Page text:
Considering that many questions may arise in Brussels regarding the state of Georgia’s democratic institutions (see EDM, November 15, 2021 and December 15, 2021), the authorities in Tbilisi are proactively trying to disconnect the issue of EU membership from the political processes inside Georgia and are framing it for outside audiences purely in geopolitical terms. In Bratislava, Prime Minister Garibashvili warned that if the EU fails to bestow candidate status on his country, only Russia will be happy about this (YouTube, June 4).
At the same time, Georgia is well aware that the accelerated process of applying for European membership was made possible by the large-scale war in Ukraine; and so the Georgian head of government reminded the audience at the Global Security Forum that before Ukraine, Georgia had twice fought a war with Russia. At the same time, Garibashvili rhetorically diminished the importance of candidate status as only “symbolic” (YouTube, June 4), effectively echoing sentiments expressed earlier by GD leader Kobakhidze, who stressed that becoming an EU candidate will bring no additional financial support for Georgia (Facebook.com/KobakhidzeOfficial, May 30). In other words, the Georgian authorities, unable to boast of their country’s reforms, are instead trying to present Georgia as a repeat victim of Russia that deserves EU candidate status as some sort of symbolic consolation prize. The reason for this deliberate change in emphasis can be found squarely within the context of Georgia’s domestic political struggle.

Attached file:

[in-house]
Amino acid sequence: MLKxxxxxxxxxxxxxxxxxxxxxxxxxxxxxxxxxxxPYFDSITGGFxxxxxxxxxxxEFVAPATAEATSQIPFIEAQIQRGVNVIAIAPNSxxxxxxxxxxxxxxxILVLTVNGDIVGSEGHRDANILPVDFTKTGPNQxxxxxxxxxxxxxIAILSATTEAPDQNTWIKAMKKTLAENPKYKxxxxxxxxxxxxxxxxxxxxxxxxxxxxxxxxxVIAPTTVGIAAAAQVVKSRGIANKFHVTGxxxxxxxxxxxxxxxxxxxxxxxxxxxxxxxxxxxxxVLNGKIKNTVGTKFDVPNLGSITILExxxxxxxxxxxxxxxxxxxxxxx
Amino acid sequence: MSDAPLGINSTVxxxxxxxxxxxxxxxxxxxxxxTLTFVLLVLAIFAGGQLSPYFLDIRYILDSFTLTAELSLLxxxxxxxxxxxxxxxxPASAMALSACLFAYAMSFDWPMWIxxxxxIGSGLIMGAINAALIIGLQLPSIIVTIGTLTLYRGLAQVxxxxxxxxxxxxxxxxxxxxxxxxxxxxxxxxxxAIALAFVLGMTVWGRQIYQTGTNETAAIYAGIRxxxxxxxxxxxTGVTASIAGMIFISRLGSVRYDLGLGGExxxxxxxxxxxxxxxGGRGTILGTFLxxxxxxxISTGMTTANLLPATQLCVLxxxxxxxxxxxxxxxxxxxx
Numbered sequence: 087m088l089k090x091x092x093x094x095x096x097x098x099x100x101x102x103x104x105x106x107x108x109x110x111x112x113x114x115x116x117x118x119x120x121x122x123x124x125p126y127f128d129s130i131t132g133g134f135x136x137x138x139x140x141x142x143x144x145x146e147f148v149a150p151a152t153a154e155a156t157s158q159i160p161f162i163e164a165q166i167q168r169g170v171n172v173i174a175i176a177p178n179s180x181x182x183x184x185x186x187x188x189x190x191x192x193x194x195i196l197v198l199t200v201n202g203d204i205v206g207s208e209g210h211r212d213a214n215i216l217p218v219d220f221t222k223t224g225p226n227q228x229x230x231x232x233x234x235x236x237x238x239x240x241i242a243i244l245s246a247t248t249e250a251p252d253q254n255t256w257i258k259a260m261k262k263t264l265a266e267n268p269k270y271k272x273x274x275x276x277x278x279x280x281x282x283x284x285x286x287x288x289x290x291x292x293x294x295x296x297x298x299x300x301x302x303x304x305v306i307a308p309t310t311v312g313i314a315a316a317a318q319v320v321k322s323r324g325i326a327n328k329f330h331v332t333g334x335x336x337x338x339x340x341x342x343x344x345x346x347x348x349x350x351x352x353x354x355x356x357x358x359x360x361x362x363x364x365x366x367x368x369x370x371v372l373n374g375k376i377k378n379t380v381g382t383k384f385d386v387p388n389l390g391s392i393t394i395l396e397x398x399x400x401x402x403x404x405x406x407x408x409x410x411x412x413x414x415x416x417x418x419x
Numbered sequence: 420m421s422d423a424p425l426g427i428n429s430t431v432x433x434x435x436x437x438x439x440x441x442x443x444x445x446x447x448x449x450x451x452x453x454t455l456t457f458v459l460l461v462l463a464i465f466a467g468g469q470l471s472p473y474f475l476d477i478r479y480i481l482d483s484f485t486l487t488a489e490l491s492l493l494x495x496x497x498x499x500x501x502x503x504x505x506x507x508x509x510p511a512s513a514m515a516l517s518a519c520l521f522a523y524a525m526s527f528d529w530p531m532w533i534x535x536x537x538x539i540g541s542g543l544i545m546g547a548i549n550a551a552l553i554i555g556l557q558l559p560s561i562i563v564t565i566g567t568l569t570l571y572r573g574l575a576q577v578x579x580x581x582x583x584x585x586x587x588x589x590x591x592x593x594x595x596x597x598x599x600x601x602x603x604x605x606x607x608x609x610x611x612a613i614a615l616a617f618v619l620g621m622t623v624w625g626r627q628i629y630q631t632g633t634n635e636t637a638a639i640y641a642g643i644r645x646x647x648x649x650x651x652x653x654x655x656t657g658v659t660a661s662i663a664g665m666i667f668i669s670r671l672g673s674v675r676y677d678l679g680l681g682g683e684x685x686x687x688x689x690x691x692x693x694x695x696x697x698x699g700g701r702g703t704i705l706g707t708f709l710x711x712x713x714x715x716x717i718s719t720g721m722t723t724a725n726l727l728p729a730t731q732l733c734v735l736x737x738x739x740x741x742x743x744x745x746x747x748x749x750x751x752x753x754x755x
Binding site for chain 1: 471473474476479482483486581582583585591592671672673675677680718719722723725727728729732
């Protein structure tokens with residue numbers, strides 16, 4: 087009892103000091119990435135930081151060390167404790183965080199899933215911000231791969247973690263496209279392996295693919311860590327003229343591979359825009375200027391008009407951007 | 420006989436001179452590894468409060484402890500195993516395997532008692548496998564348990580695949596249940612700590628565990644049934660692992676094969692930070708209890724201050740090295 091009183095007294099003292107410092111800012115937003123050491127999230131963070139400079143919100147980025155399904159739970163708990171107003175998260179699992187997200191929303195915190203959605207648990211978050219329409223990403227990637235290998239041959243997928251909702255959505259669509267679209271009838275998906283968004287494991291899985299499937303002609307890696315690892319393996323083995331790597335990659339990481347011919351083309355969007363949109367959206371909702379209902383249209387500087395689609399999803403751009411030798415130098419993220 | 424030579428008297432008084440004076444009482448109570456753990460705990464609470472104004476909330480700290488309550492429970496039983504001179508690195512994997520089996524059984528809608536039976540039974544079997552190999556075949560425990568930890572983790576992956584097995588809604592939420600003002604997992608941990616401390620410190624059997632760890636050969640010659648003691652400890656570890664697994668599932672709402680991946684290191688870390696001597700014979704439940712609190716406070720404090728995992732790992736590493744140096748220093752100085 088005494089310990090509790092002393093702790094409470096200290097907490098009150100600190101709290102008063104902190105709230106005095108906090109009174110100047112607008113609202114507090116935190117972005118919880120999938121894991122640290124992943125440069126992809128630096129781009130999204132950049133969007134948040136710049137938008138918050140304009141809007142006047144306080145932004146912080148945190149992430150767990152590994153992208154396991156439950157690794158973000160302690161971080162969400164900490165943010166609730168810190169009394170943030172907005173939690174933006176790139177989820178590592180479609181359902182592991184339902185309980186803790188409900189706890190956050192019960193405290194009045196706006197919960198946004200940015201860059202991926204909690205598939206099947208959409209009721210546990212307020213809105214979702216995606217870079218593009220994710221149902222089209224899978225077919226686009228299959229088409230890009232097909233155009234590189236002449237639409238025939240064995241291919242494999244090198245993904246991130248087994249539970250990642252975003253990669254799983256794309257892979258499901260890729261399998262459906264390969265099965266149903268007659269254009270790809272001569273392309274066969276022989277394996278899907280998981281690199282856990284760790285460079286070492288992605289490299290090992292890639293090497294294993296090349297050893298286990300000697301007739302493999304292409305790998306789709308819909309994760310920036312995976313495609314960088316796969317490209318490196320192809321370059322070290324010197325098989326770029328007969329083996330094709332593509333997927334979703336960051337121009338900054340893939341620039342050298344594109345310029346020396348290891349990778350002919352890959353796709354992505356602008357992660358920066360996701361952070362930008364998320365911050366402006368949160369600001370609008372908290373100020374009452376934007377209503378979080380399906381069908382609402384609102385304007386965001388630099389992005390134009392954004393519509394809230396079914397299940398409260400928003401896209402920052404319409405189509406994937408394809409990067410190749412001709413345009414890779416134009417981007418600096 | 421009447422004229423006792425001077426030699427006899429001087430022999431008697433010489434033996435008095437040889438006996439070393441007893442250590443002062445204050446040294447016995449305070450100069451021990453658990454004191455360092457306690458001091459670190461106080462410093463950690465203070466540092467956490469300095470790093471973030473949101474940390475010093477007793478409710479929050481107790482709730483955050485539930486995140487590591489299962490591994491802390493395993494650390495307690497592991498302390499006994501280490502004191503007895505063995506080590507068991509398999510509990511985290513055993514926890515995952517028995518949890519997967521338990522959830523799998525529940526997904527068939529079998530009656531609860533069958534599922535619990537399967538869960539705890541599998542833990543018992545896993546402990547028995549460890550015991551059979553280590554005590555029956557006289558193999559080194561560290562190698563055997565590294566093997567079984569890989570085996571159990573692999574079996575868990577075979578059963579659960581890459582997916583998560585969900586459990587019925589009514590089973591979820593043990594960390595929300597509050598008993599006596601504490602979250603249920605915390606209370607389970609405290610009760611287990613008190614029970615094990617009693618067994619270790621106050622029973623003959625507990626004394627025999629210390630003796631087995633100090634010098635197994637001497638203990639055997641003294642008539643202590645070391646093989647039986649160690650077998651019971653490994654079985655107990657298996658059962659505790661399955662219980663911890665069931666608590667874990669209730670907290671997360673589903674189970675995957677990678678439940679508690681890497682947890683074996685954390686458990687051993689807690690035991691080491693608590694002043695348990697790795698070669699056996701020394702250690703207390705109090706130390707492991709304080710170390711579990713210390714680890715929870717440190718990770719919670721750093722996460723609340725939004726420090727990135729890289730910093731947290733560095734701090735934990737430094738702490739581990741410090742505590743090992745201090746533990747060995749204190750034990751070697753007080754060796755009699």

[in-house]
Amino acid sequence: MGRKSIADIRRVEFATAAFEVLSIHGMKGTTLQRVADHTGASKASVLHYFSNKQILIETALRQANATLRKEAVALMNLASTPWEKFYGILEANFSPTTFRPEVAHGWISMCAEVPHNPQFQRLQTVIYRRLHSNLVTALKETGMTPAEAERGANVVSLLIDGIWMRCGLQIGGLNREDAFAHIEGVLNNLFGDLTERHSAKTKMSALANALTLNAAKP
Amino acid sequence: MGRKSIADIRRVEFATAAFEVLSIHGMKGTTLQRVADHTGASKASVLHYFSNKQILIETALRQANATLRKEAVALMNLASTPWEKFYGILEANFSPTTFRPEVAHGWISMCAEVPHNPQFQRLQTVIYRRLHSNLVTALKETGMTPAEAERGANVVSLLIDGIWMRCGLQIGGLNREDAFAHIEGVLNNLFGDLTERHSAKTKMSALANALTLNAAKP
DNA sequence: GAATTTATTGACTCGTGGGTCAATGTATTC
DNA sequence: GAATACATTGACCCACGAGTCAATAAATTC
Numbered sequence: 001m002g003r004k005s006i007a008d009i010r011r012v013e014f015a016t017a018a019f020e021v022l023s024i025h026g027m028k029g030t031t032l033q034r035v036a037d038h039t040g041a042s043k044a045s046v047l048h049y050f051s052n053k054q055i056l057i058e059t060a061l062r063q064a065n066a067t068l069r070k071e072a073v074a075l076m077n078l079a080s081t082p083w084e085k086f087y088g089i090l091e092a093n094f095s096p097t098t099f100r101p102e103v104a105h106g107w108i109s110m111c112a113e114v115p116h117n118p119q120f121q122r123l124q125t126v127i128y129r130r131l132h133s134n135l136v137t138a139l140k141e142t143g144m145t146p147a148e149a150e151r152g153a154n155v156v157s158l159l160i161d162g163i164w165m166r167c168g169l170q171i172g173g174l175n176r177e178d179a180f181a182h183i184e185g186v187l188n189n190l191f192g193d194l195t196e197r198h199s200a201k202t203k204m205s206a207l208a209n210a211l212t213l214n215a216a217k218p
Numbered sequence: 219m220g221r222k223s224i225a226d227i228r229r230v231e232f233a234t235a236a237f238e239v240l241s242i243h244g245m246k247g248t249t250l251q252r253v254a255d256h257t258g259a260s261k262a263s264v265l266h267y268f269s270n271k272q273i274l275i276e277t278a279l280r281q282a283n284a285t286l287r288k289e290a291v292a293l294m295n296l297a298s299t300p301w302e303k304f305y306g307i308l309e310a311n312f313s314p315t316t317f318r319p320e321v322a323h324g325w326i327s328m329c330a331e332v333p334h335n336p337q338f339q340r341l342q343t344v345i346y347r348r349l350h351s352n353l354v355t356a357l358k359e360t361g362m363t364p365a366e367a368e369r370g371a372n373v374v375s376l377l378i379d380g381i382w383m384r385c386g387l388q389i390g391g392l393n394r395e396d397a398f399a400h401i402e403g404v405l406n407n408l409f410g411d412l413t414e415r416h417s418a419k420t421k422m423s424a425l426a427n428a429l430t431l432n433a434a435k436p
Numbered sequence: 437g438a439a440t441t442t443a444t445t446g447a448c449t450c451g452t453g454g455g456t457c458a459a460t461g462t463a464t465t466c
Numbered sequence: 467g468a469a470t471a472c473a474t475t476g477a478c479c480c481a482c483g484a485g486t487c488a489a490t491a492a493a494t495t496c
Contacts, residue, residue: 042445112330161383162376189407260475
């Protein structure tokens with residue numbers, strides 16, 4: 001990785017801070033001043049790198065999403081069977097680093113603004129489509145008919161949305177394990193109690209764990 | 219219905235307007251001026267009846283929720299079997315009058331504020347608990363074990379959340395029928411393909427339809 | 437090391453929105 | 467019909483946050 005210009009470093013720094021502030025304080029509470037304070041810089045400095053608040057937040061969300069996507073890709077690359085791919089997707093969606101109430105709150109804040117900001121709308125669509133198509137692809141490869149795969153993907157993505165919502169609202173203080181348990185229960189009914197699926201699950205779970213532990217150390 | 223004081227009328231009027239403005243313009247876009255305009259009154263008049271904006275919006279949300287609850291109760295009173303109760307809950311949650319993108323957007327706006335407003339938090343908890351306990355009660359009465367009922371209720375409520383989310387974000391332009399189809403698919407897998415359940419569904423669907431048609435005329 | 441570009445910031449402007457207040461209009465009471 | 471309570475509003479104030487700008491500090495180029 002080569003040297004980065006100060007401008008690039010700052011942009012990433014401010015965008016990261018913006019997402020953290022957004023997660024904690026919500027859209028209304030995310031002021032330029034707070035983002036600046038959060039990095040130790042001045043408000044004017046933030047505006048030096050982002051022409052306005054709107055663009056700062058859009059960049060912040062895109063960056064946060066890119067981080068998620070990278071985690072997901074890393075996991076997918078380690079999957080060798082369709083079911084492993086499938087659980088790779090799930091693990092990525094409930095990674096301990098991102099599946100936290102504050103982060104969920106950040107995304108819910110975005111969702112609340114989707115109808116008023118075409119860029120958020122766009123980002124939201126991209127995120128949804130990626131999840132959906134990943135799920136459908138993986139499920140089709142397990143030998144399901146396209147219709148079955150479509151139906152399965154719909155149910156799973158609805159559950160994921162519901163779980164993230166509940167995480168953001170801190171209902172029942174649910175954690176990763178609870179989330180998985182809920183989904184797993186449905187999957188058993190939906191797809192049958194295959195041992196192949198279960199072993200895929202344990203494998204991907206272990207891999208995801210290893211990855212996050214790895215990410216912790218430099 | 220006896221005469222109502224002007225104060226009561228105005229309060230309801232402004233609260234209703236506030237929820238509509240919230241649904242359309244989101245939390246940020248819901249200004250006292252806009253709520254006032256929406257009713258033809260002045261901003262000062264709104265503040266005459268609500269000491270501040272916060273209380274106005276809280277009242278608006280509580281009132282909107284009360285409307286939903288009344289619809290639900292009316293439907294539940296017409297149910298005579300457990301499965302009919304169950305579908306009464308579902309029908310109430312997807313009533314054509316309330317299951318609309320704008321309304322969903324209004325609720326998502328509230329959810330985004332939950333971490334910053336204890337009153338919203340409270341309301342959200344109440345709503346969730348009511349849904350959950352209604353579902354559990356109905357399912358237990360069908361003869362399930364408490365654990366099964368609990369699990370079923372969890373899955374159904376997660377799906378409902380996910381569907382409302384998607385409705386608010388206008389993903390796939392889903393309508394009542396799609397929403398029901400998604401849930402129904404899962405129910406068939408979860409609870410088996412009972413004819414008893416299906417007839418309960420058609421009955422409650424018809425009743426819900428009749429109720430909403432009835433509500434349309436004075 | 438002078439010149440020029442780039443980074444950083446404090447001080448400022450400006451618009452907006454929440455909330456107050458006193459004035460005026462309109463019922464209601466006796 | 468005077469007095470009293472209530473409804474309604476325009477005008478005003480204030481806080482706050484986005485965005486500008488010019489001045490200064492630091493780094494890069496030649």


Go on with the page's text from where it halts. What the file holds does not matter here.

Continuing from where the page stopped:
While the entire country awaits the historic decision of the EU, there is broad recognition domestically that the stability of the ruling government in Tbilisi will depend on a positive signal from Brussels. The authorities already fear that if Georgia is refused candidate status, the opposition may launch mass protest actions to try to overthrow the government. Moreover, the authorities claim that the opposition is attempting to dissuade Georgia’s European partners from supporting EU candidate status for the South Caucasus country (Facebook.com/KobakhidzeOfficial, May 30). In reality, there is absolute consensus among the Georgian opposition regarding joining the European Union. Yet should Brussels return a negative response, GD’s reenergized political rivals at home will surely mobilize the masses under the pretext of protecting Georgia’s long-term European perspective.